My first impulse for this blog post, which is centered on wishing you the very best holiday season, was to search my past for a story that might resonate. Or, to try to think of a unique perspective or lesson from the holiday season that we could apply to the work of public relations.
But the truth is, if your holiday season is like mine, you have mixed feelings. We’re coming off what amounted to a three-year disruption that started with a pandemic, but it led to so much other upheaval.
As a result, companies, organizations and workplaces are permanently changed. Even your relationships may be different now. From family to friends to coworkers and colleagues, there is a chance that things are just different now.
I won’t presume that your experience is exactly the same as mine. So, I won’t offer a story to tug at your heart. I won’t offer some trite organizational PR advice. Instead, I will offer some gentle suggestions. In the course of this, I will veer away from the typical noncommittal, beige PR blog post.
So, please bear with me.
As we move into the heart of the holiday season, you will likely spend time with people you haven’t seen in a long time. Some may be close family members or friends. It may feel awkward, not only because the time that has passed, but also because you may have disagreed with each other over everything from health advice to politics.
It’s time to put that aside. It’s not healthy for your relationship to let these things invade it. You never let it happen in the past, don’t let it happen now.
The truth is, there are forces who benefit from dividing society. Social media sites wouldn’t get clicks and shares without polarization. Politicians wouldn’t get elected. News media programs wouldn’t get ratings if more people had a better understanding of each other, overlooked their differences and just got along. You need to know this and not allow them to control you and your personal life.
So where to start?
No matter the history, use this holiday season to forgive those who may have rubbed you the wrong way, and it’s time to seek their forgiveness. Trust me, if you think you’re in a position of being able to forgive someone else, you are probably in need of some forgiveness yourself. If you’ve blamed their attitude on the network news they watch, you may need to look at the news you’re consuming. If you don’t think it’s a two-way street, you’re deceiving yourself. Be humble. You may not even have to talk forgiveness per se, but simply by re-opening the door to dialogue and perhaps getting together this holiday season, focusing on why you have always been close is a good place to start. This is healthy.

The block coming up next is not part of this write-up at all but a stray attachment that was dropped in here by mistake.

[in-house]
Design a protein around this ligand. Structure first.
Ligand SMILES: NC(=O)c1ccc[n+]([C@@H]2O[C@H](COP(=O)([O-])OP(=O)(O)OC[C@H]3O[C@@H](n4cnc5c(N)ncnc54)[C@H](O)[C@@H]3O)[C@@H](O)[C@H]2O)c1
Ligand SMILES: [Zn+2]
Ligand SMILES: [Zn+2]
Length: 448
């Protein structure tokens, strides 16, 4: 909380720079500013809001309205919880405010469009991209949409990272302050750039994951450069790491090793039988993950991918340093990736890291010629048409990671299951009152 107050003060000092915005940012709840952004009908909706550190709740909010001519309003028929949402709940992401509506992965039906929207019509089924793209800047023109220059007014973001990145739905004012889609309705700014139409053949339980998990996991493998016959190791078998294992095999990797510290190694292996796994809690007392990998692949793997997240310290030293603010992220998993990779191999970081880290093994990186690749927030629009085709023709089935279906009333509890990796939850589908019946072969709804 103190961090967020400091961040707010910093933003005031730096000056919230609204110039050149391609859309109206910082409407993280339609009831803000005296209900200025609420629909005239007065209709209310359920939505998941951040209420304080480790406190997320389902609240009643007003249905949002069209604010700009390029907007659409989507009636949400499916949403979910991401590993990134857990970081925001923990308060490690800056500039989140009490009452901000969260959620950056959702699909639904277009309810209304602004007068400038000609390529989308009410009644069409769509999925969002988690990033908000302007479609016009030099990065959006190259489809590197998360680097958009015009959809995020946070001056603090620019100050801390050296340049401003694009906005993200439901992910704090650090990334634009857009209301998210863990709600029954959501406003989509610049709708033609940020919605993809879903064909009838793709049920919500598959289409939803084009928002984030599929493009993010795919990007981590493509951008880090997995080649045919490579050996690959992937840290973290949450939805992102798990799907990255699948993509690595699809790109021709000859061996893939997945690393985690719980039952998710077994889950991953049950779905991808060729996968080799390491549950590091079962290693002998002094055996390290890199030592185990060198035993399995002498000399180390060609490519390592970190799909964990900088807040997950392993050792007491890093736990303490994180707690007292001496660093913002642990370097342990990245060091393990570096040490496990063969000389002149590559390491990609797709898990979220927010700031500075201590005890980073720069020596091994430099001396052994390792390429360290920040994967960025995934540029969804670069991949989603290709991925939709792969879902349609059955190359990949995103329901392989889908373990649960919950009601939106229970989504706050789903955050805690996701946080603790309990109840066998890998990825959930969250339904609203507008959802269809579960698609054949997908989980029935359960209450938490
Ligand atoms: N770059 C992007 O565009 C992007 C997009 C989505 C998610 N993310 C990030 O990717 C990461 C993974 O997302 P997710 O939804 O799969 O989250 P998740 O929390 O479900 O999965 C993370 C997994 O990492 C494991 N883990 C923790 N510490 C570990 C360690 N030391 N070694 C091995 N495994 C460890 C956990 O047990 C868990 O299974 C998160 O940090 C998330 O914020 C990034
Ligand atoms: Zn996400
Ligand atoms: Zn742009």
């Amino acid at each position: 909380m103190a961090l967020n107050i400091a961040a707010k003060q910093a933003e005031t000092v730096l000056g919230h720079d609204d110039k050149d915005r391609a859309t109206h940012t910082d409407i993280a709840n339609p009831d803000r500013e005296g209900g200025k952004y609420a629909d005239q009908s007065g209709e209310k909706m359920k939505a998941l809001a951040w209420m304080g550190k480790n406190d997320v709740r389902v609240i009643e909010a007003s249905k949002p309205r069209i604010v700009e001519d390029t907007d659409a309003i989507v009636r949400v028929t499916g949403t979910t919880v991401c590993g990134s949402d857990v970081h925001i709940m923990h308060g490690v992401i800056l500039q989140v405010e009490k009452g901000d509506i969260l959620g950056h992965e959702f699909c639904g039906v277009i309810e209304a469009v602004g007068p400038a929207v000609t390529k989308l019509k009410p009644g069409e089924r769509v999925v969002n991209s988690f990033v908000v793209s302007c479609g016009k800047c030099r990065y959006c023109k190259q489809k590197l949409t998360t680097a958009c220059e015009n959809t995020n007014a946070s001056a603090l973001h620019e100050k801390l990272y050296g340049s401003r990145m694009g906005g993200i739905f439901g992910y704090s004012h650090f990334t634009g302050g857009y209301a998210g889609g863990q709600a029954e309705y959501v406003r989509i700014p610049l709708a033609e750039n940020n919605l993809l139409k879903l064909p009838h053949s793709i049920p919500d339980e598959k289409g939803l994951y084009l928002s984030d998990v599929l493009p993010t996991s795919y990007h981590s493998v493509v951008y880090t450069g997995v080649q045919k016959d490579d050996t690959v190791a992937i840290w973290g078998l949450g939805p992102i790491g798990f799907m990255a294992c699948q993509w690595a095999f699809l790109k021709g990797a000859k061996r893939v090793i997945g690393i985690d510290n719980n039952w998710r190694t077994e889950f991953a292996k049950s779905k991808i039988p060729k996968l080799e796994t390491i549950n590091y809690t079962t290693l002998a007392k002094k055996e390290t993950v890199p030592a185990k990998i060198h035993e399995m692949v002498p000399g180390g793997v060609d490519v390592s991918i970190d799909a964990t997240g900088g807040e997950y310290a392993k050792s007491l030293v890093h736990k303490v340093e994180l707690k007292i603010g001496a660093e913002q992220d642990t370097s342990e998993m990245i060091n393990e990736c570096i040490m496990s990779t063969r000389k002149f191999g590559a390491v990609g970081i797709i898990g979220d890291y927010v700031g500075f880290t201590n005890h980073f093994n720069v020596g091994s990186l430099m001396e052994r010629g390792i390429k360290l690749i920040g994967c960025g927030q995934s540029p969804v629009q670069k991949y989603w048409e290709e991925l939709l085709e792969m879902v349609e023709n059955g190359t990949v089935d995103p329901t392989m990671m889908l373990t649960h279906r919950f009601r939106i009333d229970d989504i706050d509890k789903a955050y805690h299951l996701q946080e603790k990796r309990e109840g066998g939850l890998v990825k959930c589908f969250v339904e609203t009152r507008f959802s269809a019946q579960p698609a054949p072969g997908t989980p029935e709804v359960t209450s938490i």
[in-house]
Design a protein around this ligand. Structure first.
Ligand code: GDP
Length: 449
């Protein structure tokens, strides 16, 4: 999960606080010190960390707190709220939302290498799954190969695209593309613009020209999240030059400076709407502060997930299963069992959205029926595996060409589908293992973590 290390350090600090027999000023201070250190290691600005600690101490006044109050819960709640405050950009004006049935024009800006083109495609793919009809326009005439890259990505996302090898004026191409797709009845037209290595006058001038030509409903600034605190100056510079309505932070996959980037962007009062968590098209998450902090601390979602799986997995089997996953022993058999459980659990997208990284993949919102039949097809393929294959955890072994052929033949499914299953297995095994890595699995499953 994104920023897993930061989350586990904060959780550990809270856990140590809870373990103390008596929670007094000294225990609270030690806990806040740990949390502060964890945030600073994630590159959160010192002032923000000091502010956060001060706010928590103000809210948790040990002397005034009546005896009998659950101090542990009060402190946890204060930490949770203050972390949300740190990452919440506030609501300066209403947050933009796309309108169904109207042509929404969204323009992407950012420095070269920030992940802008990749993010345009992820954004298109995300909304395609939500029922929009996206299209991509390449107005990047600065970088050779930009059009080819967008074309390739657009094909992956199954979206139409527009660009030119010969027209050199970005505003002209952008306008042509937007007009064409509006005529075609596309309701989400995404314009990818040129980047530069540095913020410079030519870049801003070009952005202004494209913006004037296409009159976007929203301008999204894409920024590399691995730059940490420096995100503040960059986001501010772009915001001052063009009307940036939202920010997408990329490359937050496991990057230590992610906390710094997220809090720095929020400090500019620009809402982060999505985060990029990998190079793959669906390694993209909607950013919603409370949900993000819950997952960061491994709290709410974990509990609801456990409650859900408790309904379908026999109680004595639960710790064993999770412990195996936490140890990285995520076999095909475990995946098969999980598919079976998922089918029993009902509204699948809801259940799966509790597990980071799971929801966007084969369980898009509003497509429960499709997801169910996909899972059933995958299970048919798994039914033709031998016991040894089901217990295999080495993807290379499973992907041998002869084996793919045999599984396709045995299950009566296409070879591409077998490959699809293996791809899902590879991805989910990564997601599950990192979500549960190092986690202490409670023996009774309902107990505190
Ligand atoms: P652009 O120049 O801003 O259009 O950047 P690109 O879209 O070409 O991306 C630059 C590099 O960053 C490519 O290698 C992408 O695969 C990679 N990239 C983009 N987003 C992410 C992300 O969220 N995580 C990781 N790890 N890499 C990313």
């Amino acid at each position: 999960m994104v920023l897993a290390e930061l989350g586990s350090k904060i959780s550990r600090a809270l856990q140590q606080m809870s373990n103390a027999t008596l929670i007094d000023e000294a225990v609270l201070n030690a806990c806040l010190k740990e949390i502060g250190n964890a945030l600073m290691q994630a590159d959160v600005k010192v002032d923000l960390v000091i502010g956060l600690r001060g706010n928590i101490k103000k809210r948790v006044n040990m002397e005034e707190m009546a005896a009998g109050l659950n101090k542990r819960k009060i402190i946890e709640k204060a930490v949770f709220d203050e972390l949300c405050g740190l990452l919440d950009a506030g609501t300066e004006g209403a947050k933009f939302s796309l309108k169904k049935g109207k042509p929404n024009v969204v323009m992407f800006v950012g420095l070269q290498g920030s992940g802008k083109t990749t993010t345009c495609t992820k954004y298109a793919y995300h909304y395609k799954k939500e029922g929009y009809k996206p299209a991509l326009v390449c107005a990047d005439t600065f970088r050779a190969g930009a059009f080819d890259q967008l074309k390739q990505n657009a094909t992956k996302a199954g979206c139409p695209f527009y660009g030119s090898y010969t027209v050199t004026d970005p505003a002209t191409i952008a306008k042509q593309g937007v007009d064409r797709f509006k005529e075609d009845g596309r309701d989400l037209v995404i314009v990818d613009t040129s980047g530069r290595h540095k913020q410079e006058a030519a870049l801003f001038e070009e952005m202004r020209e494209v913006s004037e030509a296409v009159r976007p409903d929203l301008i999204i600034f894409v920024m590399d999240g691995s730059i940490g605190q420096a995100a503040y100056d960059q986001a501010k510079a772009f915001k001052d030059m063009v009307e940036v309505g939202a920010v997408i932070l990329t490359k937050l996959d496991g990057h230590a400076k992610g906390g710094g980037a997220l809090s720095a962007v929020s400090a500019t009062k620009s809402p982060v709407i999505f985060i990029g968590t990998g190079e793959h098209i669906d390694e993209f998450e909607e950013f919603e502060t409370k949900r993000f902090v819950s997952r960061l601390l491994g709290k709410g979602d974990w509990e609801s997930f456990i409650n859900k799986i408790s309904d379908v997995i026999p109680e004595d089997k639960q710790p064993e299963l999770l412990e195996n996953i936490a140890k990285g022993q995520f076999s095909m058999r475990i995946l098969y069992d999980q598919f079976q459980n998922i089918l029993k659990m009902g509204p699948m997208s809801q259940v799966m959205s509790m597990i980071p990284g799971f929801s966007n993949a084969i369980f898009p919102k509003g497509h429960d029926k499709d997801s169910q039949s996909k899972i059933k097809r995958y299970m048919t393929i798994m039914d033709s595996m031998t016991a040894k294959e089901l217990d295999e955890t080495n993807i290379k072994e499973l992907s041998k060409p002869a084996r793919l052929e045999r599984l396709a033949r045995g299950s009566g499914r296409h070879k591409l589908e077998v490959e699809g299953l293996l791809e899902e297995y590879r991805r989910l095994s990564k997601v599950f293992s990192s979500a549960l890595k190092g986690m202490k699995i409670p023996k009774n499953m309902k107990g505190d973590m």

When you are with friends and family, seek to understand them and appreciate them. This is not to say engage in sensitive conversations, but rather, listen to others and try to understand that they, like you, have their own reasons and values that contribute to their belief system. Respect that and don’t be quick to judge. It is quite possible that your tendency to judge is what strained the relationship to begin with.
After the holidays, stay in touch. A note, an email a phone call. Perhaps a courteous social media post. Do the things that keep those doors open.
You may consider yourself faithful, but perhaps you’ve allowed that faith to lie dormant for a long time. The pressures of life, and perhaps a few disappointments along the way, created some disillusionment. You’ve used that disillusionment to become cynical, and in the process, you’ve opened the door to those polarizing influences that have filled a void. I’m suggesting you rethink that. Your spiritual and philosophical self will not permit a vacuum. Either you let the dogma of secular society to give you the value system it wants to give you, or you take control and realize you can trust in the Higher Being. Know that many things are beyond your control, but they are handleable if you have faith. The starting point in this process is prayer.
I can’t make any promises if you do these four things, but I can say you won’t regret it. Meanwhile, have a Happy Hanukkah, a Merry Christmas, and Happy New Year!